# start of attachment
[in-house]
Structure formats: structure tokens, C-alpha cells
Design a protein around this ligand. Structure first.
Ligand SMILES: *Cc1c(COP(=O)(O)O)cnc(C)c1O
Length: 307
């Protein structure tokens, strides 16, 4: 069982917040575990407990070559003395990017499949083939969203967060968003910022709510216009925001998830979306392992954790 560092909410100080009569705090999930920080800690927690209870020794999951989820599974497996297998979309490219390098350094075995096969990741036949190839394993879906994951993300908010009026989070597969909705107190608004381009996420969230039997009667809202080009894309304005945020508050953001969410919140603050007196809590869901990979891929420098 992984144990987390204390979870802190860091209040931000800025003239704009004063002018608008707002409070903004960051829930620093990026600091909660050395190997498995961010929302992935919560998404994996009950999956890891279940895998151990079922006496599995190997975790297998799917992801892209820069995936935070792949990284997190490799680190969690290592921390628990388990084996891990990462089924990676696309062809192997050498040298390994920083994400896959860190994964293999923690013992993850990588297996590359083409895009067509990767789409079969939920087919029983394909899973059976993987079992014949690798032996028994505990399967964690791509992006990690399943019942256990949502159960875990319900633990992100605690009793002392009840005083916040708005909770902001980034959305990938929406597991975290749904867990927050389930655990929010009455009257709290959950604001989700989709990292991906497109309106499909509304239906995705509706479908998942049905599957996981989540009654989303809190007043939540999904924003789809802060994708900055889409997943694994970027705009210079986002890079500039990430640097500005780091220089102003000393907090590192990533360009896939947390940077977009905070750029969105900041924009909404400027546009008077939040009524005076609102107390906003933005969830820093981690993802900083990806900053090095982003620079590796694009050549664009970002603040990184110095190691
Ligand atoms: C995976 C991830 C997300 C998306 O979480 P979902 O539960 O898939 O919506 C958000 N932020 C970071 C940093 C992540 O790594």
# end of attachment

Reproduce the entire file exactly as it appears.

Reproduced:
[in-house]
Structure formats: structure tokens, C-alpha cells
Design a protein around this ligand. Structure first.
Ligand SMILES: *Cc1c(COP(=O)(O)O)cnc(C)c1O
Length: 307
């Protein structure tokens, strides 16, 4: 069982917040575990407990070559003395990017499949083939969203967060968003910022709510216009925001998830979306392992954790 560092909410100080009569705090999930920080800690927690209870020794999951989820599974497996297998979309490219390098350094075995096969990741036949190839394993879906994951993300908010009026989070597969909705107190608004381009996420969230039997009667809202080009894309304005945020508050953001969410919140603050007196809590869901990979891929420098 992984144990987390204390979870802190860091209040931000800025003239704009004063002018608008707002409070903004960051829930620093990026600091909660050395190997498995961010929302992935919560998404994996009950999956890891279940895998151990079922006496599995190997975790297998799917992801892209820069995936935070792949990284997190490799680190969690290592921390628990388990084996891990990462089924990676696309062809192997050498040298390994920083994400896959860190994964293999923690013992993850990588297996590359083409895009067509990767789409079969939920087919029983394909899973059976993987079992014949690798032996028994505990399967964690791509992006990690399943019942256990949502159960875990319900633990992100605690009793002392009840005083916040708005909770902001980034959305990938929406597991975290749904867990927050389930655990929010009455009257709290959950604001989700989709990292991906497109309106499909509304239906995705509706479908998942049905599957996981989540009654989303809190007043939540999904924003789809802060994708900055889409997943694994970027705009210079986002890079500039990430640097500005780091220089102003000393907090590192990533360009896939947390940077977009905070750029969105900041924009909404400027546009008077939040009524005076609102107390906003933005969830820093981690993802900083990806900053090095982003620079590796694009050549664009970002603040990184110095190691
Ligand atoms: C995976 C991830 C997300 C998306 O979480 P979902 O539960 O898939 O919506 C958000 N932020 C970071 C940093 C992540 O790594």